...defended from strong temptations to social ambition by a still stronger taste for tripe and onions." Screwtape in The Screwtape Letters by CS Lewis

    Fuckerberg on Food
  • Post #7 - September 22nd, 2008, 6:58 pm
    Post #7 - September 22nd, 2008, 6:58 pm Post #7 - September 22nd, 2008, 6:58 pm
    I'm really sorry Kenny, that PGC didn't do more for you. My observations on many of the things we tasted is today are similar to yours, but they led me to different conclusions. A good example would be the 'tortilla' soup which I would agree might be a bit of a misnomer. Still, though, I thought it was excellent, with a bright, intense flavor and satisfying texture. No question however, that it isn't tortilla soup in the form I normally encounter it.

    What I love about the wings is that you can really taste the moist, excellent-quality chicken and their grilled flavor. Again, perhaps the label here led, in part, to your disappointment because they are definitely not 'hot wings' in the usual sense. They are certainly not bland but they are not 'buffalo,' either. My expectations were set based on previous experience and I really enjoy them -- as well as the house-made ranch dressing that was served with them.

    I'm not much of a dessert person but I did enjoy a few of the ones we were served today -- especially the cookie you describe above and the moist and dense chocolate cake. A lot of the produce that's served at PGC is sourced at the Green City Market but that's obviously not the case across the board. Still, I thought the berries we had today were -- with the exception of the strawberries -- outstanding. The raspberries, for example, were really great. The other night, I did taste an exquisite peach crisp topped with house-made vanilla ice cream, so the seasonal items are regularly in play on the dessert side. I guess it just depends on the day.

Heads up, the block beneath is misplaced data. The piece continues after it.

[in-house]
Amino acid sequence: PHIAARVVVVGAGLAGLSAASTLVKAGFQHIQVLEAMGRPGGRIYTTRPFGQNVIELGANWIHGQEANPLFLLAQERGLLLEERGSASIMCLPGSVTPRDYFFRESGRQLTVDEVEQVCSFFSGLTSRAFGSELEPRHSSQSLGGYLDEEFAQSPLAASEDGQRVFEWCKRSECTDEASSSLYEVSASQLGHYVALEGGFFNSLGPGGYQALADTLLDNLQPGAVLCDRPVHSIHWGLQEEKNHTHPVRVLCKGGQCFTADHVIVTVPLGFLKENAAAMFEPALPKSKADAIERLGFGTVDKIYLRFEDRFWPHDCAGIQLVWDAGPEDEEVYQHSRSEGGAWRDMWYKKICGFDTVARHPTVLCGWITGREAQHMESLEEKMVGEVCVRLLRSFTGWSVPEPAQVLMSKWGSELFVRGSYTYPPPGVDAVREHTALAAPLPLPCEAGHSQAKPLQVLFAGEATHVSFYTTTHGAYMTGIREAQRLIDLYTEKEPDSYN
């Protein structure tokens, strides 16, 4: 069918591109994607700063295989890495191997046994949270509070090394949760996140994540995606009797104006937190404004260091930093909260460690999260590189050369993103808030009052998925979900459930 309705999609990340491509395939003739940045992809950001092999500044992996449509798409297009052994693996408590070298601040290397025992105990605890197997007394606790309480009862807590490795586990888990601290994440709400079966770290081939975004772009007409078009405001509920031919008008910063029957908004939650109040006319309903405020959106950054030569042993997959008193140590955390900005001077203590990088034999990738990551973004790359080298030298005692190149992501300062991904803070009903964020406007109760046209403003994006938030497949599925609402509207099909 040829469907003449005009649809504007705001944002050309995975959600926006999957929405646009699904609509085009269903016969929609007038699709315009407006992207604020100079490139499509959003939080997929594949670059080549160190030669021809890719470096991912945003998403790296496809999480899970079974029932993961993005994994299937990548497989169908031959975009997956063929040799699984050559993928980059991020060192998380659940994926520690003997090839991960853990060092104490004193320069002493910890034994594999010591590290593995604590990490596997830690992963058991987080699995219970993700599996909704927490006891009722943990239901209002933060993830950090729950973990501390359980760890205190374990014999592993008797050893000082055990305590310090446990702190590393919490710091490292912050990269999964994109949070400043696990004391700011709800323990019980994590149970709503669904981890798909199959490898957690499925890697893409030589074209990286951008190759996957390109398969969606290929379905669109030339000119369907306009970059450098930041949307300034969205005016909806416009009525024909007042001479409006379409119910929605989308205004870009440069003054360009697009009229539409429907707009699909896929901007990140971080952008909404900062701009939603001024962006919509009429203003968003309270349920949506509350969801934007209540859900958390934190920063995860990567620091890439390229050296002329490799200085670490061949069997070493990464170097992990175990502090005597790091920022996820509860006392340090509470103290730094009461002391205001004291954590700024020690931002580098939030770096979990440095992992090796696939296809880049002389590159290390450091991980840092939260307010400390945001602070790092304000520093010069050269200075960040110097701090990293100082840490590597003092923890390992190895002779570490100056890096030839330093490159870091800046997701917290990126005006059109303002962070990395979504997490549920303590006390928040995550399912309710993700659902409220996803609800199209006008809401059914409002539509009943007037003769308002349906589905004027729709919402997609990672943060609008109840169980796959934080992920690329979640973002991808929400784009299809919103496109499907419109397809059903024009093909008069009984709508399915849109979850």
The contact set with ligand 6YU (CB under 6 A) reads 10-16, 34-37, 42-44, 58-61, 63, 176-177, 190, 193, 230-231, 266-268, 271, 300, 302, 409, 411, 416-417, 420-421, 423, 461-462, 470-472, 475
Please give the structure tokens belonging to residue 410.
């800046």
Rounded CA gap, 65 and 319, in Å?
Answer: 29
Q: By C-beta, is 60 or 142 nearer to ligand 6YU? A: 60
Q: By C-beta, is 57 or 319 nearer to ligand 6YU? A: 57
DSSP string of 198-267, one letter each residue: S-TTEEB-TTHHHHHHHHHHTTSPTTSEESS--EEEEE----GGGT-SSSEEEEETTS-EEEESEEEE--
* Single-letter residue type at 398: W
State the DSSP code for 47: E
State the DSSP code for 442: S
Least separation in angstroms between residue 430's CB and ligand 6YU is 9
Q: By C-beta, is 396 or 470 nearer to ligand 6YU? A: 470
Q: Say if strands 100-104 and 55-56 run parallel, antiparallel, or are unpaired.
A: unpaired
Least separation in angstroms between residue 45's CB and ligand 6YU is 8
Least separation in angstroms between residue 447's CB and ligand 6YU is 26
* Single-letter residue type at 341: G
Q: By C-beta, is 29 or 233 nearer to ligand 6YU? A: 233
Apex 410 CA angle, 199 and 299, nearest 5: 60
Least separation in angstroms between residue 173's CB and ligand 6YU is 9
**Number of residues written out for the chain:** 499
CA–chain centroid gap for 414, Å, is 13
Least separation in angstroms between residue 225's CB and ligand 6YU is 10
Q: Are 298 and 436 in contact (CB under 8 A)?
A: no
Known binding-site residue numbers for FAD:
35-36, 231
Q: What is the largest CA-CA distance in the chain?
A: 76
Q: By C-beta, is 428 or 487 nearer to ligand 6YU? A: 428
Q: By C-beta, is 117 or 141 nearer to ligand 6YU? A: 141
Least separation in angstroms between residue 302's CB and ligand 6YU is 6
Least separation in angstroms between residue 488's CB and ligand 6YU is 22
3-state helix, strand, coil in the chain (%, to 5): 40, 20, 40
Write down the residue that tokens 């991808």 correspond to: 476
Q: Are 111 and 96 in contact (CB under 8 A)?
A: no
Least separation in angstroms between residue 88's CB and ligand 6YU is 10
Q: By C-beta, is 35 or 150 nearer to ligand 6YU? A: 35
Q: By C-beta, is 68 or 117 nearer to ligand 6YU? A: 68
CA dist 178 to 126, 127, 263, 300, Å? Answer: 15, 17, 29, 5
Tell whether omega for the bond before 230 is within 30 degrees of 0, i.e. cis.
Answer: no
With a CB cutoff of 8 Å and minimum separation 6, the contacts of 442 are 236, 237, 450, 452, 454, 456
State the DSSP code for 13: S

I really appreciate you sharing your thoughts on this because I respect your opinion immensely. Still, I stand by my nomination and hope that others can appreciate the aspects of PGC that make it so special to me.

    =R=
    Why don't you take these profiteroles and put them up your shi'-ta-holes? --Jemaine & Bret

    There's a horse loose in a hospital --JM

    That don't impress me much --Shania Twain
  • Post #8 - September 22nd, 2008, 7:17 pm
    Post #8 - September 22nd, 2008, 7:17 pm Post #8 - September 22nd, 2008, 7:17 pm
    ronnie_suburban wrote:I'm really sorry Kenny, that PGC didn't do more for you...=R=


    Hey, no problem. It's the kind of place that I could see growing on me if I were to start going more frequently. My comments about PGC cafe are similar to what many people say about Mado - a place I absolutely adore. I've gotten to know the chefs and staff at Mado, and as a result I feel extremely comfortable every time I walk in. It's like a second home to me. No doubt the psychological effect colors my opinion of the food. The staff and feel at PGC were very warm, and the food was certainly good. Give me some time to get to know them, and I bet the same dishes start tasting even better. It's impossible - imo - to completely separate psychological intangibles from the palate - and I do not think that would be a worthwhile goal anyway.

    And, to be clear - I like PGC plenty enough that if someone invited me for lunch or dinner, I'd be pleased. If someone asked me for a recommendation in the area, it would be on my list.
    ...defended from strong temptations to social ambition by a still stronger taste for tripe and onions." Screwtape in The Screwtape Letters by CS Lewis

    Fuckerberg on Food
  • Post #9 - September 22nd, 2008, 7:41 pm
    Post #9 - September 22nd, 2008, 7:41 pm Post #9 - September 22nd, 2008, 7:41 pm
    I strongly support the nomination of Prairie Grass Cafe for a GNR. In my opinion, one of the true tests of a great chef is taking a dish which you've eaten all of your life, and preparing it so well that you ask yourself whether you've ever really had the dish before, and whether you can ever enjoy the usual version of the dish as much. That's how I felt when I first tried PGC's Shepherd's Pie. Now I've dined at PGC 5 times (all for dinner) and each meal has been excellent, both in terms of food and service. A large element of PGC's style is to re-introduce you to dishes you've eaten all of your life, but prepared with twists that make you realize that there's some real star power in the kitchen. I grew up in Northbrook and I find PGC to be a bit unusual compared to other dining options in town . . . more market driven, and offering a more sophisticated style of comfort food. And I've always found the execution to be excellent.